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Press Release: Mar­ried trans­gen­der women take Home Affairs to court to alter their sex descrip­tion

 

For Imme­di­ate Release: 23 Feb­ru­ary 2017

 

Rep­re­sent­ing three trans­gen­der women and their spouses, the Legal Resources Cen­tre has launched an appli­ca­tion in the West­ern Cape High Court seek­ing to com­pel the Depart­ment of Home Affairs to amend their sex descrip­tion on the national pop­u­la­tion reg­is­ter and on their birth cer­tifi­cates, and issue them with new iden­tity num­bers.

 

The indi­vid­ual appli­cants (their names have been with­held in efforts to pro­tect their iden­ti­ties as they fall into a vul­ner­a­ble class of per­sons in South Africa) are all mar­ried in terms of the Mar­riages Act 25 of 1961, and have all applied to have their sex descrip­tion amended on their birth cer­tifi­cates in terms of the Alter­ation of Sex Descrip­tion and Sex Sta­tus Act 49 of 2003.

 

The Depart­ment of Home Affairs refused to amend the sex descrip­tion of our clients, argu­ing that the exist­ing civil mar­riages, which are het­ero­sex­ual, pre­cluded the Depart­ment from amend­ing the sex descrip­tor as it would amount to recog­ni­tion of a same sex mar­riage under the Mar­riages Act. In light of this rea­son­ing, one of our client’s mar­riages was deleted from the National Pop­u­la­tion Reg­is­ter, while two of our clients were advised to get divorced in order to give effect to their gen­der iden­tity rights.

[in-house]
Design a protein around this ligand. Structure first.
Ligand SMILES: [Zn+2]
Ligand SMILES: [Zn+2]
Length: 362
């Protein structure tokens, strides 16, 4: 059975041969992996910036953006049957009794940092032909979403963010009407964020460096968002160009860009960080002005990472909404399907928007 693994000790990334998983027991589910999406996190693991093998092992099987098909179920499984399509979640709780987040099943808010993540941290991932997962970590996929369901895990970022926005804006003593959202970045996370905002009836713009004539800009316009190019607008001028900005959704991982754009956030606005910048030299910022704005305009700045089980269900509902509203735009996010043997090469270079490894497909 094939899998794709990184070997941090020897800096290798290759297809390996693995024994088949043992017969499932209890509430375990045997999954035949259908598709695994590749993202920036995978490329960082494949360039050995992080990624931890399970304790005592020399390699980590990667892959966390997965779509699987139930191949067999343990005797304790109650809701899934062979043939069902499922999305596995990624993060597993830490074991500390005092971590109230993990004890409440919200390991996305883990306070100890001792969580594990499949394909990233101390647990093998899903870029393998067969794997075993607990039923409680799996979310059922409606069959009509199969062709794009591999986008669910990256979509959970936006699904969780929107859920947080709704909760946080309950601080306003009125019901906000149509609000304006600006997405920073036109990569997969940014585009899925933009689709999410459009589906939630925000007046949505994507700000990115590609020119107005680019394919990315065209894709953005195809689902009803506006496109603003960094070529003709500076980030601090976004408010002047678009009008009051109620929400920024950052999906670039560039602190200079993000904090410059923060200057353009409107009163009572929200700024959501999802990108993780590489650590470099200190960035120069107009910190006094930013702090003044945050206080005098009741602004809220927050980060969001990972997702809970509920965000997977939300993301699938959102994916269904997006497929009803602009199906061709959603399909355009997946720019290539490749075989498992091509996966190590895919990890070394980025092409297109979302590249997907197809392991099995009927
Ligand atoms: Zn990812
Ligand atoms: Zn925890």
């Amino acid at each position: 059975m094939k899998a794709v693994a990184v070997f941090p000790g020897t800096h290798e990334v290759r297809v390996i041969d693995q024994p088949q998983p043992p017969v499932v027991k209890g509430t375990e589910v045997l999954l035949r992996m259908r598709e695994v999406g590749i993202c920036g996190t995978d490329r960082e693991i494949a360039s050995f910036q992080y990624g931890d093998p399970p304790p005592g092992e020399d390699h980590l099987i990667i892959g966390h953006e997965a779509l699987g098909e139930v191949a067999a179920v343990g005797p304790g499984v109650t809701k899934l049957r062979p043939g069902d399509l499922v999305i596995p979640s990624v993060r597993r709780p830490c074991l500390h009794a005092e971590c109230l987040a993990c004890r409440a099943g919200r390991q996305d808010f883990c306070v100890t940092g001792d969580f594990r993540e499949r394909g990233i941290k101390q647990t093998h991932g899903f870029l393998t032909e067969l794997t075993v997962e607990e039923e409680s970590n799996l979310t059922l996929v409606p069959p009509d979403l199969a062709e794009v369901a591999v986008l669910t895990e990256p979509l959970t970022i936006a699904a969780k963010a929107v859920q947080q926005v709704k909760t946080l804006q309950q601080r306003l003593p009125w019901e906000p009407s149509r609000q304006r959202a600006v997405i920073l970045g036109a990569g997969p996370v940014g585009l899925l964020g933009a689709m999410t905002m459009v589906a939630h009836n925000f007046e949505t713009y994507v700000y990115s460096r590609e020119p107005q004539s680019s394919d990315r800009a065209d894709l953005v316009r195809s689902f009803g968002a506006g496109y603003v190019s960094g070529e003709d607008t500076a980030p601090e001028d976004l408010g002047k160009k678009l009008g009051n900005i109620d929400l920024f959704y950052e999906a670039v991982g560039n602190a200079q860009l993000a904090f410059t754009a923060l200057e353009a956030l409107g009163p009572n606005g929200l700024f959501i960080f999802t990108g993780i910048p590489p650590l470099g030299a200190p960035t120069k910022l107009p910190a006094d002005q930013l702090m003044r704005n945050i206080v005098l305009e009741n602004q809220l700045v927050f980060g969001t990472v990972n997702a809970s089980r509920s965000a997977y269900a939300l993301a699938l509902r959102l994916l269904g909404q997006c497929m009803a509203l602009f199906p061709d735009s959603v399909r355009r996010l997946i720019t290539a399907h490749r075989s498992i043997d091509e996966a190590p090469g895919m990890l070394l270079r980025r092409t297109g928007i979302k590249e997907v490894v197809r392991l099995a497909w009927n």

The appli­ca­tion is sup­ported by Gen­der DynamiX, a civil soci­ety organ­i­sa­tion advo­cat­ing for the rights of trans­gen­der per­sons in South Africa. GDX sup­ports the appli­ca­tion as it hopes that this will be an oppor­tu­nity to address the issue of dis­crim­i­na­tion and prej­u­dice that is being suf­fered by trans­gen­der per­sons wish­ing to apply to have their sex descrip­tion on their birth cer­tifi­cates amended.

 

The pri­mary relief that we are seek­ing on behalf of our clients is as fol­lows:

1.            Declar­ing that the Director-General is required by law to alter a person’s sex descrip­tion in terms of the Alter­ation of Sex Descrip­tion and Sex Sta­tus Act 49 of 2003 (SDA), irre­spec­tive of that person’s mar­i­tal sta­tus, and that he does not have the power to delete a mar­riage from the Pop­u­la­tion Reg­is­ter, or to alter a spouse’s sur­name, because one spouse has suc­cess­fully applied for an alter­ation of their sex descrip­tor in terms of the SDA.

2.            Declar­ing that the Depart­ment of Home Affairs’ refusal to process the appli­ca­tions in terms of Sec­tion 2 of the SDA of the First and Third Appli­cants, because they were mar­ried, is uncon­sti­tu­tional and unlaw­ful.

3.            Declar­ing that the Depart­ment of Home Affairs’ de-registration of the mar­riage between the Fifth and Sixth Appli­cants was uncon­sti­tu­tional and unlaw­ful.

4.            Direct­ing the Director-General, within one month of the date of this order, to alter the sex descrip­tion and fore­names of the Appli­cants.

 

A pos­i­tive out­come in this case will go a long way in real­is­ing the rights of trans­gen­der per­sons to dig­nity, fam­ily life, bod­ily integrity and equal treat­ment before the law.


ENDS

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